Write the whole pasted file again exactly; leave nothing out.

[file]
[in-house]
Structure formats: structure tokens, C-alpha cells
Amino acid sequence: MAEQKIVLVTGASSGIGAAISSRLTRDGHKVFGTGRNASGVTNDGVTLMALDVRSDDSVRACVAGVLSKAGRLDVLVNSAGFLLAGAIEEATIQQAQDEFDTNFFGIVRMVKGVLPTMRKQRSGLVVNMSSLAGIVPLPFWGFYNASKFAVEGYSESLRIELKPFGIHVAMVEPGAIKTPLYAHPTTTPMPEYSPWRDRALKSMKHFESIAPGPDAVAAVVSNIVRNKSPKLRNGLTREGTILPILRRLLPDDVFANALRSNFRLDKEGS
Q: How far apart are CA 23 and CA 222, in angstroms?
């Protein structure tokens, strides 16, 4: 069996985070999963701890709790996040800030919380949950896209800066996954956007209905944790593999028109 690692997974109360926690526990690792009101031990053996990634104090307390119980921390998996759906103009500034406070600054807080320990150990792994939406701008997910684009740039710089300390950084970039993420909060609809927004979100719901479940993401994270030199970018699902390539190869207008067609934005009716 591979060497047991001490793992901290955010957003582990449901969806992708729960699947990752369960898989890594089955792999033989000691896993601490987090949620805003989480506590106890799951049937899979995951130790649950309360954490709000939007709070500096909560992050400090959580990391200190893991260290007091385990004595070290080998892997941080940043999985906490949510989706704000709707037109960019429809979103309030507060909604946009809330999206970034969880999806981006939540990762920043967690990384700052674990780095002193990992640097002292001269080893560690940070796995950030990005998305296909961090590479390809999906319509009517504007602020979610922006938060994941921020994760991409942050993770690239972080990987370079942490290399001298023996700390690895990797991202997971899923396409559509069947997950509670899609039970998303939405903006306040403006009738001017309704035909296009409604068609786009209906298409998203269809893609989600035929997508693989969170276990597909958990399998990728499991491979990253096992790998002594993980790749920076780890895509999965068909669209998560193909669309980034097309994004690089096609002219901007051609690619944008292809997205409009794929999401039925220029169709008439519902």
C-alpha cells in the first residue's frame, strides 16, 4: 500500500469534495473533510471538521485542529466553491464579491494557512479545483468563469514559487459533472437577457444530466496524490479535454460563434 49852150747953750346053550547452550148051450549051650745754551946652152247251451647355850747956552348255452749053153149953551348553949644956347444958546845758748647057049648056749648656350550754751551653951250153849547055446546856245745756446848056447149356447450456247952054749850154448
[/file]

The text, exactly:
[in-house]
Structure formats: structure tokens, C-alpha cells
Amino acid sequence: MAEQKIVLVTGASSGIGAAISSRLTRDGHKVFGTGRNASGVTNDGVTLMALDVRSDDSVRACVAGVLSKAGRLDVLVNSAGFLLAGAIEEATIQQAQDEFDTNFFGIVRMVKGVLPTMRKQRSGLVVNMSSLAGIVPLPFWGFYNASKFAVEGYSESLRIELKPFGIHVAMVEPGAIKTPLYAHPTTTPMPEYSPWRDRALKSMKHFESIAPGPDAVAAVVSNIVRNKSPKLRNGLTREGTILPILRRLLPDDVFANALRSNFRLDKEGS
Q: How far apart are CA 23 and CA 222, in angstroms?
């Protein structure tokens, strides 16, 4: 069996985070999963701890709790996040800030919380949950896209800066996954956007209905944790593999028109 690692997974109360926690526990690792009101031990053996990634104090307390119980921390998996759906103009500034406070600054807080320990150990792994939406701008997910684009740039710089300390950084970039993420909060609809927004979100719901479940993401994270030199970018699902390539190869207008067609934005009716 591979060497047991001490793992901290955010957003582990449901969806992708729960699947990752369960898989890594089955792999033989000691896993601490987090949620805003989480506590106890799951049937899979995951130790649950309360954490709000939007709070500096909560992050400090959580990391200190893991260290007091385990004595070290080998892997941080940043999985906490949510989706704000709707037109960019429809979103309030507060909604946009809330999206970034969880999806981006939540990762920043967690990384700052674990780095002193990992640097002292001269080893560690940070796995950030990005998305296909961090590479390809999906319509009517504007602020979610922006938060994941921020994760991409942050993770690239972080990987370079942490290399001298023996700390690895990797991202997971899923396409559509069947997950509670899609039970998303939405903006306040403006009738001017309704035909296009409604068609786009209906298409998203269809893609989600035929997508693989969170276990597909958990399998990728499991491979990253096992790998002594993980790749920076780890895509999965068909669209998560193909669309980034097309994004690089096609002219901007051609690619944008292809997205409009794929999401039925220029169709008439519902």
C-alpha cells in the first residue's frame, strides 16, 4: 500500500469534495473533510471538521485542529466553491464579491494557512479545483468563469514559487459533472437577457444530466496524490479535454460563434 49852150747953750346053550547452550148051450549051650745754551946652152247251451647355850747956552348255452749053153149953551348553949644956347444958546845758748647057049648056749648656350550754751551653951250153849547055446546856245745756446848056447149356447450456247952054749850154448